Economic and marketing functions in the livestock and meat trade at Portland, Oregon Public Deposited

http://ir.library.oregonstate.edu/concern/graduate_thesis_or_dissertations/4t64gq31q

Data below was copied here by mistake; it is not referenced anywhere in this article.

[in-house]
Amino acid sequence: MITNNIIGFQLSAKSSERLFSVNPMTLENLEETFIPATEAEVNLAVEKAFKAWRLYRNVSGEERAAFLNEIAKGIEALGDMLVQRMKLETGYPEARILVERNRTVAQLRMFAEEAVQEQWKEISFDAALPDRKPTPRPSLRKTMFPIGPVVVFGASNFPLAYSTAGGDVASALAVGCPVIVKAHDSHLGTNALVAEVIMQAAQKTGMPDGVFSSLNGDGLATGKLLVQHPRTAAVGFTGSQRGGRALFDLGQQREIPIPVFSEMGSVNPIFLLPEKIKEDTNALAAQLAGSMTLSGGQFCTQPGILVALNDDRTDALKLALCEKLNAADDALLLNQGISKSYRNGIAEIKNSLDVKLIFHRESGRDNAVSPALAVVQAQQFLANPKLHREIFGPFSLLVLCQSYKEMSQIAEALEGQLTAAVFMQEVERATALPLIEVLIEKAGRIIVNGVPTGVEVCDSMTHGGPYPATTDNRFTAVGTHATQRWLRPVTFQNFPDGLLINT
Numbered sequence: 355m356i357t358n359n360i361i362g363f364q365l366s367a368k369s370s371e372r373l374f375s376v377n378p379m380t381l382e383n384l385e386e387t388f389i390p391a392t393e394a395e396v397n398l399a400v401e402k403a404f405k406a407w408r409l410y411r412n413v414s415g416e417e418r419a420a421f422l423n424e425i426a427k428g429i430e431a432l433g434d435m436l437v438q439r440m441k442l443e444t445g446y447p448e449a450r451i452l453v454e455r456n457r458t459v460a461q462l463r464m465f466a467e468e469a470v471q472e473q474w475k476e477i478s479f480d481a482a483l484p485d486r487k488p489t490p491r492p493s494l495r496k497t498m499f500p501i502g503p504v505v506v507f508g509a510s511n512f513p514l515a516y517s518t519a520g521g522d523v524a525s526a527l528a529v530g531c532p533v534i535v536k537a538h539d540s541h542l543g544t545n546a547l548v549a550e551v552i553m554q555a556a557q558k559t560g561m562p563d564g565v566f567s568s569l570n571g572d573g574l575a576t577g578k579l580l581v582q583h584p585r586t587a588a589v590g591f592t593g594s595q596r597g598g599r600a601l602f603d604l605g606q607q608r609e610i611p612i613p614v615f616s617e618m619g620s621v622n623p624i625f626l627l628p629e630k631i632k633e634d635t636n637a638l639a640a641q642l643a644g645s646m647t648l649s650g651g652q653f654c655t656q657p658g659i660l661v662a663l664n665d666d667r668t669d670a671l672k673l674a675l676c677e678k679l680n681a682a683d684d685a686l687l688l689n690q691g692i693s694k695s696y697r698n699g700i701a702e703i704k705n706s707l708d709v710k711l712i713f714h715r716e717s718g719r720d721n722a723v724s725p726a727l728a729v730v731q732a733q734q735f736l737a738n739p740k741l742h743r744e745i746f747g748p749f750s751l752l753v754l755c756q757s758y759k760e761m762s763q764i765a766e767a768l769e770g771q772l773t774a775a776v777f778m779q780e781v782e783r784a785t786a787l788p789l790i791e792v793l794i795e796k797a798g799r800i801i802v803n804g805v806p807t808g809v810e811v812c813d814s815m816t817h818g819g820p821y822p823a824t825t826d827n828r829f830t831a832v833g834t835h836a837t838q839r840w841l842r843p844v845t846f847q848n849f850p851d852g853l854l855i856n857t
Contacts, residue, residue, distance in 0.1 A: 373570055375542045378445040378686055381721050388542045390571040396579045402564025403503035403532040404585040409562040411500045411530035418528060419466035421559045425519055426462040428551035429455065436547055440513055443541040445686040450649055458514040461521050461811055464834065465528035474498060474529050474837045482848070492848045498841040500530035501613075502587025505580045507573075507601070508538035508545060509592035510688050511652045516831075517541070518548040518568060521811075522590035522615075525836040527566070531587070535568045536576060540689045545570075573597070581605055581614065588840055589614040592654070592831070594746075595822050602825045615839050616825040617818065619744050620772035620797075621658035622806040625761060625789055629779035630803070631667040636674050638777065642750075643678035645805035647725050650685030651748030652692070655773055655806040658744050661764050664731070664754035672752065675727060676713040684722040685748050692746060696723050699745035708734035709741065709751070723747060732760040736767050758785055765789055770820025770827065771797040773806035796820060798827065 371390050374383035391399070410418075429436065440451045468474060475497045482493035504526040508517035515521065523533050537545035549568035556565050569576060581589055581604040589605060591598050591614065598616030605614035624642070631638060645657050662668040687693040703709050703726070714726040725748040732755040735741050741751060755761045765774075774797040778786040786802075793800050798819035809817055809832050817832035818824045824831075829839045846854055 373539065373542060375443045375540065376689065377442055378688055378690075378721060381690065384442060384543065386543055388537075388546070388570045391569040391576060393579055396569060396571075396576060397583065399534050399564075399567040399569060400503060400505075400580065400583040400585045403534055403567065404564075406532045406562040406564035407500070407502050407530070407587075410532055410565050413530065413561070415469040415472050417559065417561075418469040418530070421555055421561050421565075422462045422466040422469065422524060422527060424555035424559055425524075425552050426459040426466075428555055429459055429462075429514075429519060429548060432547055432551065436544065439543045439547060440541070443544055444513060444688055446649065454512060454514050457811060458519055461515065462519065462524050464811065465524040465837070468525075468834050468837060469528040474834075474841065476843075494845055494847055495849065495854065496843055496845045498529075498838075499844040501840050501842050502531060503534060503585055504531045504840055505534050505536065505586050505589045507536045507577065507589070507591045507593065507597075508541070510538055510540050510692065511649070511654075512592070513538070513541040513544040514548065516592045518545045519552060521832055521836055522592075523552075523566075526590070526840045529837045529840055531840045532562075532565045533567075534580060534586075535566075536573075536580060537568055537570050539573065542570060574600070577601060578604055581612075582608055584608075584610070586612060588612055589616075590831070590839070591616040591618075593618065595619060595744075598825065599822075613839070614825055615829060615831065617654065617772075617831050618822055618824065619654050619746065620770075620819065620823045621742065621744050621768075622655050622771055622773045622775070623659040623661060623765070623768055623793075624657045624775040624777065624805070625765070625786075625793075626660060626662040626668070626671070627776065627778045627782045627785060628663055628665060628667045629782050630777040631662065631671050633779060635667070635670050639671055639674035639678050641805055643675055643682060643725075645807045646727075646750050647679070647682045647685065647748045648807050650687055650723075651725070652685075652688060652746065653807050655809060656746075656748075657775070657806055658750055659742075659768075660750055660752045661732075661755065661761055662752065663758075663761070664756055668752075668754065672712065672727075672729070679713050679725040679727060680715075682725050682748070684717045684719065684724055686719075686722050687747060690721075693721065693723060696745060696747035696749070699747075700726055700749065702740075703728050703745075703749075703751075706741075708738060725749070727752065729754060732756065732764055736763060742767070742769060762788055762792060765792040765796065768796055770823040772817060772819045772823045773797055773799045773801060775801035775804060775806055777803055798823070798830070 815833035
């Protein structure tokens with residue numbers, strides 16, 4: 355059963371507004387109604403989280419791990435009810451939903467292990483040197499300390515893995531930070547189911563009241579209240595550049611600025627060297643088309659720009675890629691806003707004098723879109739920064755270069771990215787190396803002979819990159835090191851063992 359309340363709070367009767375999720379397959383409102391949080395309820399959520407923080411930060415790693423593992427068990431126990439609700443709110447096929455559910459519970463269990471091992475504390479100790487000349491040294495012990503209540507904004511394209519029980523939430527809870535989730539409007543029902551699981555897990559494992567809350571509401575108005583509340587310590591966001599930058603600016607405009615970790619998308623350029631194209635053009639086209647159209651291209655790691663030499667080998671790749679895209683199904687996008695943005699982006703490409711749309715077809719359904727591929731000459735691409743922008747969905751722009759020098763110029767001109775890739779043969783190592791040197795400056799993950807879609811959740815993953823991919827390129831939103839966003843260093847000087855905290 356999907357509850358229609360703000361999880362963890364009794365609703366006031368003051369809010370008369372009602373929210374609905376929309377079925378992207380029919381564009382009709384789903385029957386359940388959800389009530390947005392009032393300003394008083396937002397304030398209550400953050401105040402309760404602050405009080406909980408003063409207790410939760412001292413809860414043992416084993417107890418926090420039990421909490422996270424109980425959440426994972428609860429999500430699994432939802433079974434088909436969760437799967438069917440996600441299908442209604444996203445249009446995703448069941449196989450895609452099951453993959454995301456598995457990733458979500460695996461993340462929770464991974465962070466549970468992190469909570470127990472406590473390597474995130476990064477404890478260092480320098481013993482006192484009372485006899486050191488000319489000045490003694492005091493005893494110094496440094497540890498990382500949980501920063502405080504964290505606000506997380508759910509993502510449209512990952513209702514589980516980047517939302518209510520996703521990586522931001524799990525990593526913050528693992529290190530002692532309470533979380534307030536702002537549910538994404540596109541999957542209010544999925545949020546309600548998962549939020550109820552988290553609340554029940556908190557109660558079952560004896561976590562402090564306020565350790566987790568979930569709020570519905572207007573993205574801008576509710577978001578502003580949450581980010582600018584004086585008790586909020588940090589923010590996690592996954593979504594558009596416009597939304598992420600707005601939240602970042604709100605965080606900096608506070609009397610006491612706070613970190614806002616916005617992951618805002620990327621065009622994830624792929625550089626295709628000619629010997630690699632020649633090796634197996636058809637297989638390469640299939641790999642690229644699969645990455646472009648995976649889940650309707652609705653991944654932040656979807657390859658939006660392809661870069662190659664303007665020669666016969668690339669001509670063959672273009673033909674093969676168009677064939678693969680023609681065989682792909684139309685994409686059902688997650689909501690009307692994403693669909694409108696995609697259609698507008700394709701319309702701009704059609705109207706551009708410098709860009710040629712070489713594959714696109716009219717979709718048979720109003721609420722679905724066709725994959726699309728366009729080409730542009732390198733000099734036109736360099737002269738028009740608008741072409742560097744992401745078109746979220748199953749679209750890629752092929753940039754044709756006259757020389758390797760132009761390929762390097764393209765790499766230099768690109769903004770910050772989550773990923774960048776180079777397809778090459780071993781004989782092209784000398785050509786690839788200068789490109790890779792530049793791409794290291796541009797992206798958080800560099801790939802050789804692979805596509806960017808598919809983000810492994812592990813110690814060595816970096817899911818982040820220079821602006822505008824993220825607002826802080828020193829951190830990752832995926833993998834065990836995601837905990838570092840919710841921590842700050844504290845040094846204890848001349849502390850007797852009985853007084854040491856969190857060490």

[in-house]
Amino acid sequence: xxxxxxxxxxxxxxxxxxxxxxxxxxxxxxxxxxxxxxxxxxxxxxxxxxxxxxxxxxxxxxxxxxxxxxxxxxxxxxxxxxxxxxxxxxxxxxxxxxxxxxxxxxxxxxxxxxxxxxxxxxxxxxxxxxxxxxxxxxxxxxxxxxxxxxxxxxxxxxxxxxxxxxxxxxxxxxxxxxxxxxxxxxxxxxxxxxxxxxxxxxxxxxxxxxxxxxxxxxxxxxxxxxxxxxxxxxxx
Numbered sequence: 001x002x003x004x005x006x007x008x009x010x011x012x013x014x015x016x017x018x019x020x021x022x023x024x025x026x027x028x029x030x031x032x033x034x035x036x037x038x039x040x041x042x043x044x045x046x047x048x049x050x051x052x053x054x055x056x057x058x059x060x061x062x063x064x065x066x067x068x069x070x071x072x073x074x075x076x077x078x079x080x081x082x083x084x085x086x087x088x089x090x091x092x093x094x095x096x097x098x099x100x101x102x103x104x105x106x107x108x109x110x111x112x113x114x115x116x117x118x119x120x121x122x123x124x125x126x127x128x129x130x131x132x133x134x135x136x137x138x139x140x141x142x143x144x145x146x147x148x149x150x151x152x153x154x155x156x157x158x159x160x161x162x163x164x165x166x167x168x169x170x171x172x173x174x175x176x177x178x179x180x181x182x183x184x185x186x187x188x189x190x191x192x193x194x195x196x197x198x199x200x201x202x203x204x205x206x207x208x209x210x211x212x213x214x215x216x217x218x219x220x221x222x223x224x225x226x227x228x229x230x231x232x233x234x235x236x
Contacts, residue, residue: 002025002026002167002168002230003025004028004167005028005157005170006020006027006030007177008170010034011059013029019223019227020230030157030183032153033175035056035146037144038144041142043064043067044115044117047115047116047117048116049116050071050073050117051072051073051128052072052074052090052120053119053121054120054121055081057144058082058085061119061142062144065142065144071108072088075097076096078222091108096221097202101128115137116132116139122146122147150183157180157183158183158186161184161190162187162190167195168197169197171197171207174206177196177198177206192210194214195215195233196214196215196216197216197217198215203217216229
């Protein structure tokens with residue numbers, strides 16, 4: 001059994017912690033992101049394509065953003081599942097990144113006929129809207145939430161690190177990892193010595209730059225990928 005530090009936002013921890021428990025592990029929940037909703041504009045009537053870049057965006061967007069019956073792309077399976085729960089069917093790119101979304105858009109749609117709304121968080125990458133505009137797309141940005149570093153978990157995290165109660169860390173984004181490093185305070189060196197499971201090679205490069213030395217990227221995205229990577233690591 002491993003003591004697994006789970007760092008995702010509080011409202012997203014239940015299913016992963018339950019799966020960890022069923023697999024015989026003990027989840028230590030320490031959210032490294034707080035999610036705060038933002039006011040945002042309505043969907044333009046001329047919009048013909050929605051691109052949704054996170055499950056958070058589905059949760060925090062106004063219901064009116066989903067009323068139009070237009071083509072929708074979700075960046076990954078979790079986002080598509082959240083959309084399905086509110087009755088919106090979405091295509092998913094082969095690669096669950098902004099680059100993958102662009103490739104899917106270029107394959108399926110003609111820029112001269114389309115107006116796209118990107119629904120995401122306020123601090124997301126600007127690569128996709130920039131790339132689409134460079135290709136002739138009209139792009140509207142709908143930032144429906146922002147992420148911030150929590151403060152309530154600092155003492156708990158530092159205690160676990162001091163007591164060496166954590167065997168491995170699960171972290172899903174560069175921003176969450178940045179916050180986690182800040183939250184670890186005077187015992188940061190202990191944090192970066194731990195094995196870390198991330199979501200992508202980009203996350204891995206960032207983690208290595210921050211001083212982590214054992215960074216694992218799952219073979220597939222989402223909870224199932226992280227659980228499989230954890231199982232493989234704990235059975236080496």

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  • The purpose of this study is to bring together some data relating to the general structure of the Portland livestock and meat trade and to describe some phases of the functional process of concentration and dispersion in physical terms as well as treat with some factors significant to the marketing picture. The importance of the geographical location of the transportation routes has been of considerable significance in the developemnt of the Portland market as an outlet for the livestock production of eastern Oregon and southern Idaho. The volume of livestock reaching the market has not kept pace with the growth of human population of the area. There has been evident some increase of 'direct' livestock receipts as well as an increase of imports of cured meats. Complete data on this export-import balance of dressed meats are lacking but it would appear that this trade will be of greater significance in the future than in the past. Country killed meats are not as important a factor in the market now as at the time of an earlier study carried out by the Oregon State College Experiment Station in 1934. However country killed veal still accounts for about fifty percent of the veal supply on the market. This is a result of the peculiar situation of the market both in relation to dairy production areas and with respect to legal restrictions which permit the sale of this product on the market. In a random survey of seventeen cities scattered throughout the United States, it was found that the majority of them have meat inspection laws which do not permit the sale of this type of product. Seasonal variation of receipts of various kinds of livestock indicate that this phenomenon is most apparent in the case of sheep and lambs, less so in calves and hogs, and least of all for cattle. Wartime conditions created a substantial increase in the magnitude of the seasonal variation of cattle receipts at the market. From the meat packers' point of view this is an undesirable feature as it complicates the attainment of an optimum combination of their resources in the internal management of their plants. There is an apparent excess of plant capacity over the needs of the market area which has led to a highly competitive situation in the meat trade. This characteristic is carried through to the well defined wholesale level and there are a great many wholesalers competing for the restaurant and retail trade. Frozen food lockers are increasing in number and importance and may be worthy of some more detailed study. Prices and price reporting of the market have been examined with two objectives in mind. First, a method whereby some simple indicator of market trend might be developed which would accurately record market movements. Second, a comparison of live and dressed prices to illustrate such relationships as may exist. It is apparent that the first objective is not to be attained easily. Price relationships between live and dressed meats do appear to be reasonably consistent for calves, lambs and hogs. Further work on these relationships would be desirable as more adequate data are accumulated.
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